Friday, June 22, 2012


Ever notice foamy white spitballs clinging to some of the tall grass and plants in the “less-mowed” section of your yard? It’s a spittlebug, a baby “froghopper” that’s making that froth.

Spittlebugs are true bugs, like aphids and other sap-sucking homoptera that stick their short pointy beaks into stems. But spittlebugs are messy eaters. As they spill sap down their bodies, they add some air and make bubbles. It makes sense: they don’t have hard shells to protect themselves. And the bubbles help keep their skin moist. Besides, who wants to eat a blob of spit?

To see a spittlebug up close, grab a watercolor brush and a handlens. Then head out to the nearest weed patch – or pine tree – and look for the tell-tale blobs of foam. Use the paintbrush to gently brush the spit aside. In there somewhere you should find a tiny green insect with huge eyes and even huger hind legs.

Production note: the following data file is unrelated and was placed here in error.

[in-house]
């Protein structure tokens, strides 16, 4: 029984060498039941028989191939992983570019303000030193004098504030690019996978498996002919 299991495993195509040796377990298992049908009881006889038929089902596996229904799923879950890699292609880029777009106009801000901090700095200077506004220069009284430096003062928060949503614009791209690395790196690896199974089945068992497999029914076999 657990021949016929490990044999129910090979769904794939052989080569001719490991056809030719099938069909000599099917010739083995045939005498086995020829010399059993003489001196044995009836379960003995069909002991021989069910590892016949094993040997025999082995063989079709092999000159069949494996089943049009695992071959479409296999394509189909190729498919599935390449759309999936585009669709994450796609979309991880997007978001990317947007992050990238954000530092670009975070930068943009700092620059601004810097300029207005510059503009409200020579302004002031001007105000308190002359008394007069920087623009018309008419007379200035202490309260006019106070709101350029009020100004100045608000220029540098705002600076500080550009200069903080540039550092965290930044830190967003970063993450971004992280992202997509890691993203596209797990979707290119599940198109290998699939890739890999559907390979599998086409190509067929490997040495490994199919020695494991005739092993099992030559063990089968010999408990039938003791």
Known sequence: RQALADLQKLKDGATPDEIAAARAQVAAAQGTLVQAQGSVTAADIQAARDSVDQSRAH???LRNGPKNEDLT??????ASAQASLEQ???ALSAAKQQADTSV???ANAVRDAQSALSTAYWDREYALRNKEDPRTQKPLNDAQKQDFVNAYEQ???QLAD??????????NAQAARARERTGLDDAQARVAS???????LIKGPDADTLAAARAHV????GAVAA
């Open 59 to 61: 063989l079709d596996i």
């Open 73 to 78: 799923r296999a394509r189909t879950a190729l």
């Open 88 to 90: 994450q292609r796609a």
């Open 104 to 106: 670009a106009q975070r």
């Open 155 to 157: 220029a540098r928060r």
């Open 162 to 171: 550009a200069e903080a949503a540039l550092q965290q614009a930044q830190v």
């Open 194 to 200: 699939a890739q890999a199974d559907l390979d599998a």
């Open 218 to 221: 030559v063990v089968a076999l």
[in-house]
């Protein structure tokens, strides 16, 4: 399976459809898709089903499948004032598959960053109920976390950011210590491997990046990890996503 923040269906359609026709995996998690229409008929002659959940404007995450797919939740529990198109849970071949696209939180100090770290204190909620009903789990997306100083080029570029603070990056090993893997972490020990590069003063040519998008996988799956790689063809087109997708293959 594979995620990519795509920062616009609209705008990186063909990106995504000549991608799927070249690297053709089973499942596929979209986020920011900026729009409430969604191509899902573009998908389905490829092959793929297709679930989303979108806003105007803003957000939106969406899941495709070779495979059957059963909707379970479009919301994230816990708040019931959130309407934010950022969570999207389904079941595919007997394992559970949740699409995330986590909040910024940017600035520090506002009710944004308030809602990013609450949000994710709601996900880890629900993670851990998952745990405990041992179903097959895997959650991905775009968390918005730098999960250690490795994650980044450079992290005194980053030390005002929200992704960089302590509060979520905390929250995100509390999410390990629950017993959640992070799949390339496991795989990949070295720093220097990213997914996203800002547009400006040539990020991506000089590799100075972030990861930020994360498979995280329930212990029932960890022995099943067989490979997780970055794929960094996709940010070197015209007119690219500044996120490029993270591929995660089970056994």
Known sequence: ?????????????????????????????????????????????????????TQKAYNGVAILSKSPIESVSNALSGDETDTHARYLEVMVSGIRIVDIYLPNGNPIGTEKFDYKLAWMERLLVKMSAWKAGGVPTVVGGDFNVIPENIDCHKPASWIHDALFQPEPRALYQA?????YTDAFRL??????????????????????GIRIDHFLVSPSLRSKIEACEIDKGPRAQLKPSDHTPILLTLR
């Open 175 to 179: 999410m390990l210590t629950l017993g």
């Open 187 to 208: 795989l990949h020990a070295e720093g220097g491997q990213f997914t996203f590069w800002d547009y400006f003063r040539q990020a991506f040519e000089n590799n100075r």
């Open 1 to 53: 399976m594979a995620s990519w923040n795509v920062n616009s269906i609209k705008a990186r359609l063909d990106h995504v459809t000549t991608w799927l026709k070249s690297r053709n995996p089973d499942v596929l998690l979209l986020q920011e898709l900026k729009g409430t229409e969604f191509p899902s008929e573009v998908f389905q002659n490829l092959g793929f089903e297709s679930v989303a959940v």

Spittlebugs can churn out 80 spit bubbles in a minute. Want to watch? Using your paintbrush, remove a spittlebug from its home and put it somewhere else on the plant. Then watch. It might take a few minutes for the tiny guy to find the “perfect” place to tap, but when it does, it will start to make foam. Use a watch to time how long it takes to completely cover itself.

Some other spittlebug questions to investigate:
  • Do spittlebugs share foam homes with their friends?
  • Where do they tend to hang out: on the sides of stems or where leaves meet the stems?
  • Do they build spit shelters in or under flowers?
  • How high up on plants do they go?
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  1. Well, thanks for introducing me to the bug behind the familiar foam! who knew the ability to make bubbles could be a protective skill! :-)

  2. Excellent tips. I'm going to try this tomorrow with my boys. I've always seen the foam but never thought of taking a peek.